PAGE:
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What's Your Story?
My earliest memory is peeing into a trashcan. I don’t know how old I was. Old enough to remember it but not old enough to remember how old I was, so maybe 3 or 4. I was in my family’s first house in Charlotte, the first house I can remember, in the corner of the living room by the hallway. I was watching television, and I really, really had to go to the bathroom but also, you know, television. This was before televisions could pause, much less move into the bathroom with you, so I was in a real bind. I guess I couldn’t make it to a commercial break, or maybe I didn’t want to miss the commercials either. A normal kid might have just peed in his pants (or gone to the bathroom), but I was clearly not your average kid. I had a plan. I could watch the show without getting yelled at for making a mess. The trashcan was sort of hidden by the end of the couch, so it seemed like the perfect place to discreetly relieve myself.
Transfixed by Looney Tunes or Tom and Jerry or whatever it was, I didn’t quite realize I was standing over the can, pants down, a little trickle of urine plinking on the metal bottom, until someone in the crowded room asked what I was doing. I froze, face red, and looked down. At that point, it occurred to me that I was not supposed to pee into a trashcan. Everyone laughed. I don’t remember if I got in trouble, but I was herded off to the bathroom, which was bad enough, while the show carried on.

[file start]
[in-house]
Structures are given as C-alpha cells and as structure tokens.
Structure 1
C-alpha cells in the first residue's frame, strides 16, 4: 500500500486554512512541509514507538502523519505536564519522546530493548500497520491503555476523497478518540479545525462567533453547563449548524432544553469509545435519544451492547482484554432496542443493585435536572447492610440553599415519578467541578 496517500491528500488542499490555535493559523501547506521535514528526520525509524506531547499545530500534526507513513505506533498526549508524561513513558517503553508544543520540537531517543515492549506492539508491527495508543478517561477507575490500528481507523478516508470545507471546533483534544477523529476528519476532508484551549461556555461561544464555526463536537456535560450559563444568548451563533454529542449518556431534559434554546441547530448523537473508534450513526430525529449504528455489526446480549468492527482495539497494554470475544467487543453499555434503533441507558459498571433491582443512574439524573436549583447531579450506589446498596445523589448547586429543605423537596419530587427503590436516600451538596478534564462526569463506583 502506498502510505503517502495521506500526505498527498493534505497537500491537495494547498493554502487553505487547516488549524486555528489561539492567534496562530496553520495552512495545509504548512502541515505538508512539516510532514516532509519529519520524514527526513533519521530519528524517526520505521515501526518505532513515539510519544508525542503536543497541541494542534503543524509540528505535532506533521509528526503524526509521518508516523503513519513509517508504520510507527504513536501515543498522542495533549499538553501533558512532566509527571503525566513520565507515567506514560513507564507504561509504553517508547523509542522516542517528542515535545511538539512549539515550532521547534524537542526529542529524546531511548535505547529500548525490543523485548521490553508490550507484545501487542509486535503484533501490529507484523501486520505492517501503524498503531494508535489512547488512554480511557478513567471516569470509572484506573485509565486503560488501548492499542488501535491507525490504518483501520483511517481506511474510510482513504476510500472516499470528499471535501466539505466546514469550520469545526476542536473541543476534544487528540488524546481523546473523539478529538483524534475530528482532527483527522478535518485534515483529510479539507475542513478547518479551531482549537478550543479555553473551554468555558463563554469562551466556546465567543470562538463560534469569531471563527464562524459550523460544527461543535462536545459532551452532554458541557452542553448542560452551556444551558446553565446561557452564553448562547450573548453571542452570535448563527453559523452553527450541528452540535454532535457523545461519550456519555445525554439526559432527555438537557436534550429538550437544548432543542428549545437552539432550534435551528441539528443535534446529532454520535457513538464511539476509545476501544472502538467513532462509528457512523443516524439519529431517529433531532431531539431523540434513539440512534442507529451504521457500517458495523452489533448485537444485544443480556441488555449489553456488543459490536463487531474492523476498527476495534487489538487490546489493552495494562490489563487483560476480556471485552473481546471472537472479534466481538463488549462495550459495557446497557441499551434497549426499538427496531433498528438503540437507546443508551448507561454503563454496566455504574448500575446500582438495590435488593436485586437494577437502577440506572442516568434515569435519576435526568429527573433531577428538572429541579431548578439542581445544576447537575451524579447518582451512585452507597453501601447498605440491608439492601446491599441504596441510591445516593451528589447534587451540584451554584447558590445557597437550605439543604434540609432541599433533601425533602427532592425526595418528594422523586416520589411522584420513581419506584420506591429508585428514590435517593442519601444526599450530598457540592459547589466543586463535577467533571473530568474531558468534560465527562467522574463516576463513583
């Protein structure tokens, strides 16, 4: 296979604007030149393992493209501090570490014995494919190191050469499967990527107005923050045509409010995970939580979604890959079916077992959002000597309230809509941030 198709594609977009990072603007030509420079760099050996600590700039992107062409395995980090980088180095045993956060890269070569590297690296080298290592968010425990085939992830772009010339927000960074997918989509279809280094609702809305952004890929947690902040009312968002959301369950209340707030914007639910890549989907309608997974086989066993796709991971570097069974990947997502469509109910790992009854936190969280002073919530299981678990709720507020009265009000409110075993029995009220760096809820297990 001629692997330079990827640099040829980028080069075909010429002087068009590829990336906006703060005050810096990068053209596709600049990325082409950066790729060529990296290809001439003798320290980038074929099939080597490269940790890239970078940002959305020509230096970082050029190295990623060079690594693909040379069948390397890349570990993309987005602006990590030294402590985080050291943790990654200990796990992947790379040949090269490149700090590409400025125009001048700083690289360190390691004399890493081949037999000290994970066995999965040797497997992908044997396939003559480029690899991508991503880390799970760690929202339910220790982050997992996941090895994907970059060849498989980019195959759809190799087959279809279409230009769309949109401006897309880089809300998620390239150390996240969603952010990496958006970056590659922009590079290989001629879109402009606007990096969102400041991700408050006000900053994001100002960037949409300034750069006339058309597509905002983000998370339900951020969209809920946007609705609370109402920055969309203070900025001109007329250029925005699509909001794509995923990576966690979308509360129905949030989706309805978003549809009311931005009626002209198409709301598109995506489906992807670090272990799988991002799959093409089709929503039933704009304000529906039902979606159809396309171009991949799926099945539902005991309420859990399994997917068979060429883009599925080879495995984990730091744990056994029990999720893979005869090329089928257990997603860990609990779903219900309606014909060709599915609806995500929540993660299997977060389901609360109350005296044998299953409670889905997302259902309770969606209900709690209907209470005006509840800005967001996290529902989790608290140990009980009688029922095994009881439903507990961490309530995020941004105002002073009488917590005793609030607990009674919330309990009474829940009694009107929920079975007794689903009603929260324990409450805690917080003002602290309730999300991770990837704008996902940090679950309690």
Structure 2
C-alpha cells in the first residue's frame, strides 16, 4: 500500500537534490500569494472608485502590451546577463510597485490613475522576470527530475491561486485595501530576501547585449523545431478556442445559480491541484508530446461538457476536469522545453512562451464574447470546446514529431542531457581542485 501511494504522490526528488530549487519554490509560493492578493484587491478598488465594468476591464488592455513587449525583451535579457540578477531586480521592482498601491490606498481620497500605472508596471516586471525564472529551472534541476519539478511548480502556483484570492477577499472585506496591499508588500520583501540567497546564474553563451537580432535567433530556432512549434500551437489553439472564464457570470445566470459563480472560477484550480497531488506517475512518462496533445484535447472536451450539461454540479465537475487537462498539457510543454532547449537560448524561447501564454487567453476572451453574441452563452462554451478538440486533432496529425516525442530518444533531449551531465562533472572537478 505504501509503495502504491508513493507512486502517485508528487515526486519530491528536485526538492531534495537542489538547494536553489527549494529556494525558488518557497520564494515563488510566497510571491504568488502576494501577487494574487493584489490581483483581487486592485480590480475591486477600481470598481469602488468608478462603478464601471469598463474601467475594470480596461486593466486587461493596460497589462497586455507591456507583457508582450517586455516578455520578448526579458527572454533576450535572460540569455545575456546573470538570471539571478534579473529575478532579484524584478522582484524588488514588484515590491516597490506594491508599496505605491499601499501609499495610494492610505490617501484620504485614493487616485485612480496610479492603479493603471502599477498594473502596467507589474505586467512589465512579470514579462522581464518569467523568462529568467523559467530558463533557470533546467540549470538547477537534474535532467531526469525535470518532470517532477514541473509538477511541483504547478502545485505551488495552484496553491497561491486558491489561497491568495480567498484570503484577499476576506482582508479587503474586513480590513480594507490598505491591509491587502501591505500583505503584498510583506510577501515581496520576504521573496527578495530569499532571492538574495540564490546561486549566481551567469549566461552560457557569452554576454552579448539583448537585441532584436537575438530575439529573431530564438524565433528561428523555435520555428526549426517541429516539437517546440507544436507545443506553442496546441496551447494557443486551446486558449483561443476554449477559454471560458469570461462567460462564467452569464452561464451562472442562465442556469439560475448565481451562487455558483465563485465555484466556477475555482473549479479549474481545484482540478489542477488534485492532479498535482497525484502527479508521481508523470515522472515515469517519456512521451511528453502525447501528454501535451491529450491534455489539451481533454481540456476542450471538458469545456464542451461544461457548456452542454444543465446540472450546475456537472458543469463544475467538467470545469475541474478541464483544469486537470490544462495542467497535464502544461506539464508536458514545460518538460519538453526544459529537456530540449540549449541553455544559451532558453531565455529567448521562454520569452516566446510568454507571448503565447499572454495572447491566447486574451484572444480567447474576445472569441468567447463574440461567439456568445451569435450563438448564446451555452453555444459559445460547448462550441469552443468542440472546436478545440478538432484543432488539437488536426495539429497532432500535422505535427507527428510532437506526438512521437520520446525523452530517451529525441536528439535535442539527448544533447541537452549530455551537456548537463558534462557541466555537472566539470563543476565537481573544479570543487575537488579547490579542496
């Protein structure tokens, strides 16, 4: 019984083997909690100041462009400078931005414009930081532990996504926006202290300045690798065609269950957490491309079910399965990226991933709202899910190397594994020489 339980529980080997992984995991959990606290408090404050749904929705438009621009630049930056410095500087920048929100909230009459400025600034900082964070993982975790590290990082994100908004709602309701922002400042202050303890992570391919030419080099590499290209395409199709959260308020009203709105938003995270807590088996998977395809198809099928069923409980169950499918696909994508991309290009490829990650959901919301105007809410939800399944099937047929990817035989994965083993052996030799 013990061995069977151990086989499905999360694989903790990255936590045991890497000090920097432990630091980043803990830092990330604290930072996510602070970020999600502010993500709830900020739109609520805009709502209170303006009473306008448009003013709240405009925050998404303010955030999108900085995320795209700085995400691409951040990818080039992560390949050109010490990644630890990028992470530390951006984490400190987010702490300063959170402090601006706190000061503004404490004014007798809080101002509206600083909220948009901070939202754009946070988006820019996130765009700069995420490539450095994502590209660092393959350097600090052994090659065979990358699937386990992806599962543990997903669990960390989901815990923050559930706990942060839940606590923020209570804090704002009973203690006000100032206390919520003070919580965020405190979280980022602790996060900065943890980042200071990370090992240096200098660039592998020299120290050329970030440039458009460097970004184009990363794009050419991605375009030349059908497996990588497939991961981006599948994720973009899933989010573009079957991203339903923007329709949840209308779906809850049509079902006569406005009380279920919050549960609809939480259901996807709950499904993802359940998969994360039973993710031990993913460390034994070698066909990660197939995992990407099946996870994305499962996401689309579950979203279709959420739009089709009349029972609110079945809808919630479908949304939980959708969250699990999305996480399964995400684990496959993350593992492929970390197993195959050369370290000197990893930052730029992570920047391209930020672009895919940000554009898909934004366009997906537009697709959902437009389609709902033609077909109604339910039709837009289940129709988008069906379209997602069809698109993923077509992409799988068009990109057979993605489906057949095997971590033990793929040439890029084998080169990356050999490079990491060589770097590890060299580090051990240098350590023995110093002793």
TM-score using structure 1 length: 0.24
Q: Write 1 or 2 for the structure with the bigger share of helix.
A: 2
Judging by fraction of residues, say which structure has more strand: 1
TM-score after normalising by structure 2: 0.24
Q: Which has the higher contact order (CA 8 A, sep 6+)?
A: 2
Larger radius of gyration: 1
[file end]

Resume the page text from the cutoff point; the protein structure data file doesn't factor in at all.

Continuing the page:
Now think of a memory from your life. Good or bad, funny or triumphant, tragic or heartbreaking, whatever. Doesn’t have to be your first or most embarrassing. Maybe it was that time you caught a frog in the neighborhood creek and kept it under your bed for a week before your mom found out. Maybe it was seeing the look on your parents’ faces as judges pinned the blue ribbon on your science fair project or getting mobbed by teammates after that epic comeback in the intramural finals. Maybe it was making a fool of yourself on the dance floor at your senior prom or failing your first big test in college. Maybe it was your first date or first kiss or first paycheck or first layoff. Maybe it was the day you got married or the day your dad died.
Do you remember all the details of the scene? Can you see all the players moving along their destined lines? Do your thoughts come streaming back to you, refined by experience and reflection? Can you feel afresh all the emotions washing over you? The pain of loss or the joy of triumph, the nervous anticipation or the tight, tingling shame?
What you remember is a story. It must be. You didn’t think of a math equation or your favorite color or the capital of Assyria, did you? Those are facts, which exist independent of us. As soon as you introduce a character, a perspective that relates to and interacts with and connects the facts, you get a story. A story is the way we experience life. Life is made of facts, but it’s lived in stories. I can describe to you a trashcan—metal, blue, a foot tall, cylindrical—but I can’t tell you how I peed into it with making it into a story.